Similarly, “the same love.” This is not about us imitating each other, to achieve this sameness. This is about imitating Christ and following Him, resulting in the inner and outer presence of this love. It is self-will and care that reaches out actively to serve others in the best possible way.
When Christians are “on the same page” following Christ, there is this sameness and harmony of thought and attitude, “being of full accord and of one mind.”
The negative of this teaching is: “Do nothing from selfish ambition or conceit, but in humility count others more significant than yourselves.” Any words or actions which are driven by selfish ambition or conceit should be resisted, rejected and internally rebuked by followers of Christ. It is not who we are.
Rather, “in humility,” we are inclined to “count others more significant than” ourselves. If it can be said that we look out for Number One, that One is Jesus the Christ, not us, not self.
To be even more specific: “Let each of you look not only to his own interest, but also to the interests of others.”
Are you on the “look out” for yourself or for others? Is your interests of heart self-centered? To whatever extent that is true of you, you are not aligned with the Savior.
“We are plagued by the ‘manifest cult of self-indulgence.’ The words of Christ about losing one’s life and identification with the poor and humble and words like ‘take up your cross daily’ seem quaint to a generation that has gotten used to seeing ads for solid gold putters. The church seems irrelevant to modern man, something to be neither fought nor defended. We do not expect, for the most part, to find the gospel centered in a burning conviction which will make men and women change occupations or go to the end of the earth seeking to teach it.”
From Christianity Magazine, 1997
Concern For Others
An often overlooked, yet significant passage, Philippians 2:4 says, “Look not every man on his own things, but every man also on the things of others.” This concept is contrary to the popular notion espoused by humanists and others who selfishly care only for themselves. Many people today will only “look out for number one,” as the expression goes. They have little concern for anyone but themselves.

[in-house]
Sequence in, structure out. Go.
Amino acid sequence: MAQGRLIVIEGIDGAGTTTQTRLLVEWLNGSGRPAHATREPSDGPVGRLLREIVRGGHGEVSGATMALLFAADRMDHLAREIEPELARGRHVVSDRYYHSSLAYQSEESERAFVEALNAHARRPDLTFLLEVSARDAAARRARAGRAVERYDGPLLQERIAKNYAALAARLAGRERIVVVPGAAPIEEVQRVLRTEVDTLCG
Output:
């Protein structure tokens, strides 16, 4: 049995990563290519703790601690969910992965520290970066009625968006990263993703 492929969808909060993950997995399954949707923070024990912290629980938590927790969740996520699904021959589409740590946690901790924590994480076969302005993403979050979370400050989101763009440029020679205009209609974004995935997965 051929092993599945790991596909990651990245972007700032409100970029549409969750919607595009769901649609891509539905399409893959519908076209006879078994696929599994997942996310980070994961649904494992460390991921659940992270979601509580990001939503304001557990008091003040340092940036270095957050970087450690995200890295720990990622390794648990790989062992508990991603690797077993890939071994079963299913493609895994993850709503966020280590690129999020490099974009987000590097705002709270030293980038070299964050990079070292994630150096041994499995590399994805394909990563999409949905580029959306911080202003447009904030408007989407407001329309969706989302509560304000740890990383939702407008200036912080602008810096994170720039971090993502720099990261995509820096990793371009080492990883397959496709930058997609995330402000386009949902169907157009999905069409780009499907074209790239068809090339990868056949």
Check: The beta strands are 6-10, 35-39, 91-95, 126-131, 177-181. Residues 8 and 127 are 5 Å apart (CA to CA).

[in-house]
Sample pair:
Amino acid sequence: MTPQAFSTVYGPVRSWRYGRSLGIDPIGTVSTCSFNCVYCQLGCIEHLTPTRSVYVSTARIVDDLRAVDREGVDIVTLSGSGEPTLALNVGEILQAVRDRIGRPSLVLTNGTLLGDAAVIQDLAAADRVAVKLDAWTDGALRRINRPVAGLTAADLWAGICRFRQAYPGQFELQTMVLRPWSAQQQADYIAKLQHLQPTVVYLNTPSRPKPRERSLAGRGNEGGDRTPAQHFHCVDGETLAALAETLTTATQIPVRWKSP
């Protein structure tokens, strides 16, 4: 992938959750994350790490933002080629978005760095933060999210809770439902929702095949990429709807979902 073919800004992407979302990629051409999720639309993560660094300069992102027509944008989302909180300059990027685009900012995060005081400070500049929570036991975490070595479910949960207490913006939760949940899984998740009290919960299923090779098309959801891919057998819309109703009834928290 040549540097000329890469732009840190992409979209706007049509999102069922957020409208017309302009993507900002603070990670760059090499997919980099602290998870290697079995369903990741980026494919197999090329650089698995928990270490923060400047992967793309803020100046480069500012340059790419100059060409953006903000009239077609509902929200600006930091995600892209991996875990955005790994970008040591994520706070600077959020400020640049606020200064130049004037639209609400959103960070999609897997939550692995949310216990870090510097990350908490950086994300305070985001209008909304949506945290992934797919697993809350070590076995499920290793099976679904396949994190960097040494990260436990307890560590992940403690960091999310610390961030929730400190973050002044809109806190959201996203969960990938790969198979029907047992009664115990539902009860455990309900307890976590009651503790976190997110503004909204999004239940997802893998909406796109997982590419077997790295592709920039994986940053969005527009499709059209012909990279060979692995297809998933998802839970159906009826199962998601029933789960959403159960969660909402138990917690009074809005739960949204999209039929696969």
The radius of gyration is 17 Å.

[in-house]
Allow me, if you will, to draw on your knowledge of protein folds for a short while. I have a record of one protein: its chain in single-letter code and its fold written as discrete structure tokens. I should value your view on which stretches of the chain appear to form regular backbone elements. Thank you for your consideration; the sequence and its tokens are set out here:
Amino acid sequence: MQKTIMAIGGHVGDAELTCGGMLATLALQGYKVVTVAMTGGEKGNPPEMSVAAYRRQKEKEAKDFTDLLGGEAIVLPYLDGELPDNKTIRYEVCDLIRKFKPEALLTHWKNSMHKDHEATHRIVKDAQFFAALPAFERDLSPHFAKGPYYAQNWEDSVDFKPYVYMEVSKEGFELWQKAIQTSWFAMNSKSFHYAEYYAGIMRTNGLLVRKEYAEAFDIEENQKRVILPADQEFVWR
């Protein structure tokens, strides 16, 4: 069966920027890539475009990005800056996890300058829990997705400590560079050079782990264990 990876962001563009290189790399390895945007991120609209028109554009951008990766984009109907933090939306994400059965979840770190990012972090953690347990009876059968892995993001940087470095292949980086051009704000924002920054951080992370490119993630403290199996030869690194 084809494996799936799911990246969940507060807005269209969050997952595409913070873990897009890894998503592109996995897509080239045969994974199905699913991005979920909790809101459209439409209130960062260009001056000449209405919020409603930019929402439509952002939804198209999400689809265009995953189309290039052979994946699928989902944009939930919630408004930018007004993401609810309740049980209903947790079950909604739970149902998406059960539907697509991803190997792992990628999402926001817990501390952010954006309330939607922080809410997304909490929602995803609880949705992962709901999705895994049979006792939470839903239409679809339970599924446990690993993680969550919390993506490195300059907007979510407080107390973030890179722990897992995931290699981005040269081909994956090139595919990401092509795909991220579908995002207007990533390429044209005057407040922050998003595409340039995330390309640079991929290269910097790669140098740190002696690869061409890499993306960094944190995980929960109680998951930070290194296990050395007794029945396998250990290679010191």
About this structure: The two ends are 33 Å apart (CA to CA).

This statement in Philippians 2:4 certainly contradicts the self-centered attitude that is so prevalent today, The NASB translates it, “Do not merely look out for your own personal interest, but also for the interest of others.” Certainly, this passage is not saying that we are to be busybodies. However, it is saying that we are not to be just interested in our own affairs, but we are to be interested in the good and welfare of other people. Christians are to care about other people and not just care about themselves.
A similar concept is found in Galatians 6. This text tells us that, in addition to bearing our own burdens, we are to bear the burdens of others. Verse two says, “Bear ye one another’s burdens, and so fulfill the law of Christ.”
In the first part of Philippians 2, Paul is trying to emphasize the importance of unity. He states various things which will promote unity. Among them is the attitude of concern expressed in the passage which we are examining. If we have concern for others, as well as ourselves, it will be much easier to be of one accord and of one mind in the church, as Paul implores in verse 2.
A proper application of this passage can help us a great deal. Often when we get our minds off our own problems and look at the difficulties and hardships of others, our own problems seem much smaller.
—J. Mike Johnson
Previous Article on This Text
 Lewis, B. (1997). And Then Some. In Christianity Magazine: September–October 1997, Volume 14, Number 9/10 (8). Jacksonville, FL: Christianity Magazine.
By Warren E. Berkley
Expository Files 23.5; May, 2016